Plans unveiled for the “New” Fairmount Park

Fairmount Park Waterworks, South Garden | Philadelphia

If you thought Philadelphia’s famed Fairmount Park could not get any better, you would be mistaken. The funny thing about FP is that it gets mixed results from those who live around it … seriously, it does.

Some love Fairmount Park, and some hate it. Some think its potential has been reached, and some think there is only room for improvement. Some Philadelphians use it every day, and some locals have never set foot in it.

For being one of the world’s largest urban park systems (aka “The Largest Landscaped Urban Park in the World,” according to Wikipedia), I personally feel that the park itself is underutilized. There are so many different elements to this 9,200 acre Philadelphia green space, that it’s too hard to recognize all of them. The most recognizable places include (but are not limited to): Philadelphia Museum of Art, Philadelphia Zoo, Boathouse Row, Please Touch Museum, and Bartram’s Garden.

And that’s just the tip of the iceberg.

What I really love about Fairmount Park is that it’s so well protected and preserved, considering it’s located in the 5th largest US city. What was originally an 1858 agreement to protect Philadelphia’s main water supply (aka the Schuylkill River), has turned into a phenomenal public park system (63 different neighborhood parks, to be exact). This gives all Philadelphians the option to escape the busyness of city life (any day of the week), and still be within close proximity to their homes.

Okay, that should be enough background and history to get us started here.

Close to 1 year ago, Philadelphia Parks & Rec teamed up with local community groups and Penn Praxis (the design arm of UPenn) to discuss how East/West Fairmount Park could be better connected and utilized as a whole. The result, a comprehensive plan called “The New Fairmount Park.”

As to not deviate from my usual approach, let’s break this jawn down in traditional PUL fashion:

– “Why East & West Fairmount Park?”: Well, simply put, East/West Fairmount Park are the core of Fairmount Park as a whole. They both touch Center City (East) and University City (West), which both happen to be the biggest growth areas in Philadelphia today. On top of that, no other city in the US can match East/West’s combined size and overall value to the health of local residents. From a tourism standpoint, these 2 park sections draw 7M visitors every year, are home to some of Philadelphia’s most significant cultural institutions, and offer a wealth of sculptures and public art. In other words, East/West are a big draw for tourists. From a recreational standpoint, there are 54 trail miles, 16 creeks, and 4 playgrounds. In other words, East/West serve as a huge public playground for those younger and older alike.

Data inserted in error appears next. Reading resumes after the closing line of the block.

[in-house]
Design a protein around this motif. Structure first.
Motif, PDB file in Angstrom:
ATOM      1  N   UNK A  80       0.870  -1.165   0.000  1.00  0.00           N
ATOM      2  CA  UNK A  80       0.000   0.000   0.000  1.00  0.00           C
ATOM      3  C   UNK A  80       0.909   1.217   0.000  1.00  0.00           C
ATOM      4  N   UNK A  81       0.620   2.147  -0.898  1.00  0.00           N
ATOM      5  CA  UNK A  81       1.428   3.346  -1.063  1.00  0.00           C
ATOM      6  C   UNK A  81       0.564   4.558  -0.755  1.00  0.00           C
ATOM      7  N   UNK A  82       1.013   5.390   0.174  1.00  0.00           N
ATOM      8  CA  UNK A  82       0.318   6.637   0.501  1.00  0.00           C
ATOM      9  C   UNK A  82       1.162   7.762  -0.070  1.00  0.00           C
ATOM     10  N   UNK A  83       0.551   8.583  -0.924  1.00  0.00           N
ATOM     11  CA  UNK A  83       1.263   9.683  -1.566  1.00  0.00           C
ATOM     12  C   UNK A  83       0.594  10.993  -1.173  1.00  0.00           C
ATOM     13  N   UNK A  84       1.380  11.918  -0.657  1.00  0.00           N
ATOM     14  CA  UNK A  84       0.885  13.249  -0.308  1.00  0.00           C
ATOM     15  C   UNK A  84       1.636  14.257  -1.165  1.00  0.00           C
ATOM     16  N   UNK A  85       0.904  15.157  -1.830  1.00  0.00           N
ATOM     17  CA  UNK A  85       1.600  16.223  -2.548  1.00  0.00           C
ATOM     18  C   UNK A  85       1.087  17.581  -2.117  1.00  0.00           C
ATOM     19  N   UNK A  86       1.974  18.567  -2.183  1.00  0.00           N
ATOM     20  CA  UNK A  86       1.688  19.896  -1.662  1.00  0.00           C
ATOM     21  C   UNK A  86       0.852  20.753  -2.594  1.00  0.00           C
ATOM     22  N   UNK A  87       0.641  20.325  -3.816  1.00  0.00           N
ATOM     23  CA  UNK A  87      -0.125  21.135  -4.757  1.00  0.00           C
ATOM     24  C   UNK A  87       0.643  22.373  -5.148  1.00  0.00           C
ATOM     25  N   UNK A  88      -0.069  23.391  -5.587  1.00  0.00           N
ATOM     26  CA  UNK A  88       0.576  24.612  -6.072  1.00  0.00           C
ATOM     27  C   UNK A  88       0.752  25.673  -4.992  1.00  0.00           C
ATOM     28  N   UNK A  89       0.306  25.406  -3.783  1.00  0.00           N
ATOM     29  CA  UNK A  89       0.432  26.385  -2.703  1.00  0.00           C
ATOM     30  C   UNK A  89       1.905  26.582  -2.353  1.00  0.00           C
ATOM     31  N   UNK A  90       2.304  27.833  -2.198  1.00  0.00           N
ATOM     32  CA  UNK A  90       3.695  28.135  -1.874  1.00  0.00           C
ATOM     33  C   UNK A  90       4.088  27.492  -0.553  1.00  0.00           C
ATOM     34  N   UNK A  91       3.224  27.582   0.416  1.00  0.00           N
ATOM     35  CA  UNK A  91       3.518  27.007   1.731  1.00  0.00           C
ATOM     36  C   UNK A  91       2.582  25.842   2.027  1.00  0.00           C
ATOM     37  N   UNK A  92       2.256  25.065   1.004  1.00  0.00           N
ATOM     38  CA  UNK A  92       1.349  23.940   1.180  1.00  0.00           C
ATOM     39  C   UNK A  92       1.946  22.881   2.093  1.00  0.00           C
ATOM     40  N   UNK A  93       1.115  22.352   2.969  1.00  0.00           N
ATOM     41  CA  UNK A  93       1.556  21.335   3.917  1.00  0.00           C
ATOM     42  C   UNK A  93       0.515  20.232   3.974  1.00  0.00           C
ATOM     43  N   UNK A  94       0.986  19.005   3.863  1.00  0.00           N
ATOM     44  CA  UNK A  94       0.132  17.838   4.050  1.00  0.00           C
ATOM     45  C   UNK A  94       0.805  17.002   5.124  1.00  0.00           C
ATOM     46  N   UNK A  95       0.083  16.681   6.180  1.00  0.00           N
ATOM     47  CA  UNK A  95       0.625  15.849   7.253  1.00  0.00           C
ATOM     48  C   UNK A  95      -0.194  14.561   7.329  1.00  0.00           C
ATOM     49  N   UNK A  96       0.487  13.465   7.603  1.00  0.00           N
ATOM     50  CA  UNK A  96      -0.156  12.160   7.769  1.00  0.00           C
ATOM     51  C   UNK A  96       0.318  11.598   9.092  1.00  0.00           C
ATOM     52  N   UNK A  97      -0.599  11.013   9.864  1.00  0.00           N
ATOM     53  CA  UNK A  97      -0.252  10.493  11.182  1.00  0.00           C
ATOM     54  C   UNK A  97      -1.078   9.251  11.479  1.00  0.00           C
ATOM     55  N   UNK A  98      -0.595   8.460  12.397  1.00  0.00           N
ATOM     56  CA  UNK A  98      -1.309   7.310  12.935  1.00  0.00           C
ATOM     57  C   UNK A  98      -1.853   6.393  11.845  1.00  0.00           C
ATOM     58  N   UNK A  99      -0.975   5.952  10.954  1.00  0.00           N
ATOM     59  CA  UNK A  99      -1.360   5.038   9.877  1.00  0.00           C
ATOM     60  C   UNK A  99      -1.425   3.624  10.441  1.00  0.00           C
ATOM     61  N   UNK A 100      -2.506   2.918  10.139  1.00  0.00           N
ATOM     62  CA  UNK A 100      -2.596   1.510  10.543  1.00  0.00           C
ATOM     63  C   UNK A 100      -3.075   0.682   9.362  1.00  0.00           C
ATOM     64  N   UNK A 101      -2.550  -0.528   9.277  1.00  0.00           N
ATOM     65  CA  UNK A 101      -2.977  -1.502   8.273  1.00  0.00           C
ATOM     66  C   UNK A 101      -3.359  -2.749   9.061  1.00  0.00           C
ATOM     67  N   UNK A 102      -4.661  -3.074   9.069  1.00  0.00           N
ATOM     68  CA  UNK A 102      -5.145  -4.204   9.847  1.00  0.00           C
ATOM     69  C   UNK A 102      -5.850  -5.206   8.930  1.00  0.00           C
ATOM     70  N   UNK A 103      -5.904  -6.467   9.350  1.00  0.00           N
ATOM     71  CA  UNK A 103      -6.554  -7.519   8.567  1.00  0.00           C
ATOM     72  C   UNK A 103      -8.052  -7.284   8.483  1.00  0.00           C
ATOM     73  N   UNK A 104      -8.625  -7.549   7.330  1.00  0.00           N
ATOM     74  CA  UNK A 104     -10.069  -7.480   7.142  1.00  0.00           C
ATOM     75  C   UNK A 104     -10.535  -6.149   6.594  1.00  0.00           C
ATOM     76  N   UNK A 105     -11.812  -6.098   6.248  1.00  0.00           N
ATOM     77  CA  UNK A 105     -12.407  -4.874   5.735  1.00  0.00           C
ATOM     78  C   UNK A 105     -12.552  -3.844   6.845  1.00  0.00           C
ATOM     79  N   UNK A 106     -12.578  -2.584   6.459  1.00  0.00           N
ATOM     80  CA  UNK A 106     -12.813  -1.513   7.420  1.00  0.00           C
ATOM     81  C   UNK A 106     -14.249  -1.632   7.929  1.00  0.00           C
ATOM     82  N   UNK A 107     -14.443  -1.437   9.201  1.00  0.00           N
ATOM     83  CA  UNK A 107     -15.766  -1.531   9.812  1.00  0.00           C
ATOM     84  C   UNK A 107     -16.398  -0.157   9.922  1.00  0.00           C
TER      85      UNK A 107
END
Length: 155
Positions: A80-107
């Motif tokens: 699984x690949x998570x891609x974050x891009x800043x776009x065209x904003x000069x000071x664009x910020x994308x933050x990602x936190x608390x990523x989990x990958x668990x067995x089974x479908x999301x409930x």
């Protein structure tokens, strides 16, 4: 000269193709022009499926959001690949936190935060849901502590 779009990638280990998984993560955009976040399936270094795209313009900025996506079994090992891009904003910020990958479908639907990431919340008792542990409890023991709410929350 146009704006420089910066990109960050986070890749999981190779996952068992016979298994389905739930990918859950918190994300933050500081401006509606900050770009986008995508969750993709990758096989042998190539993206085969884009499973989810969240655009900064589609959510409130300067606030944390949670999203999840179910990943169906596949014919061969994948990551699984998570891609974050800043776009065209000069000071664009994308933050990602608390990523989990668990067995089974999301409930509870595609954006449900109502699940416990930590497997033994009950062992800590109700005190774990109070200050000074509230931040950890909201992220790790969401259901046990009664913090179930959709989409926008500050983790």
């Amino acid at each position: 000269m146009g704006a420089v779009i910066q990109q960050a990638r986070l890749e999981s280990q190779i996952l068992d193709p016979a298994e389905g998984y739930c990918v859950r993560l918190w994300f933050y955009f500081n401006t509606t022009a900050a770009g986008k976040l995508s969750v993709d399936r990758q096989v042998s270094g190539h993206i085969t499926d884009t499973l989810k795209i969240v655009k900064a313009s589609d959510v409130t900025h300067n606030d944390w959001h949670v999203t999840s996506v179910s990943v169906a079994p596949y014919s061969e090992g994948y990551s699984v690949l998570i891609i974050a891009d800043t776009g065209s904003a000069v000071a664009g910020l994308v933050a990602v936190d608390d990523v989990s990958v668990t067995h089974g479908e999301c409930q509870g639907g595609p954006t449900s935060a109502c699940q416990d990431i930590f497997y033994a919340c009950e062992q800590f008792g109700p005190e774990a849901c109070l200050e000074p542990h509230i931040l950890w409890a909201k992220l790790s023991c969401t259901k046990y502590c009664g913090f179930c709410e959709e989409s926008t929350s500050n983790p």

– “The Big Vision”: This one has to be seen on the plan itself. In general, it capitalizes on some of FP’s greatest assets: creeks, trails, and park entrances. To see some of the graphics depicting the plan’s ideas and calls-to-action, click here.

– “First-Steps”: With any comprehensive plan, the goal is to start small by meeting short-term goals for long-term gains. That’s exactly what the plan calls for in this section. Things like improving watersheds, traffic studies, and pedestrian accessibility all contribute to exposing the park’s physical attributes and overall beauty. Simple things like painting bike lane lines on bridges that cross the Schuylkill River will help connect East and West. Making park entrances more visible to those walking, riding, or driving by will increase Fairmount Park’s curb appeal and encourage more usage. Steps like these do not cost millions of dollars to complete, they just require a plan and some attention to detail.

– “Focus Areas”: This section of the plan focuses on 5 key areas, and they mostly revolve around the same simple concept: bring people to the water sources in Fairmount Park. By following the 16 creeks that flow down to the Schuylkill River, park users will have a natural path from uphill to river (and vice-versa). The funny thing about the neighborhoods surrounding FP, is that many residents in those communities don’t realize how easy it is to access the park. Both natural and man-made barriers are the culprits. The goal is to use waterways as a guide to increasing park usage and park access.

Done and done.

My hope is that this blog post will serve as a launching point for all PUL readers to see how great Fairmount Park really is, and how much greater it will become in the not-too-distant future.

What has long been in store for Market East, is now coming to fruition

This image lays out the entire plan.

My last post on talked about Paul Levy and some of the projects he has worked on over the years to help move Center City Philadelphia forward.

One such project I mentioned, “The Road to Dilworth Plaza Park,” is a solid anchor for Market East, from City Hall all the way down to Old City. Not to mention that it will also serve as an anchor for the recent activity on Market West, but let’s keep our focus toward the east for now.

Well, good things are being talked about in the news.

If you have ever taken SEPTA regional rail to Market East, walked through the sets of doors to the escalators, taken the escalators up to street level, and walked through the additional sets of doors onto Market St, you have probably noticed an outdated, unsuccessful string of retail shops directly across the street.

This retail strip is known locally as Girard Square.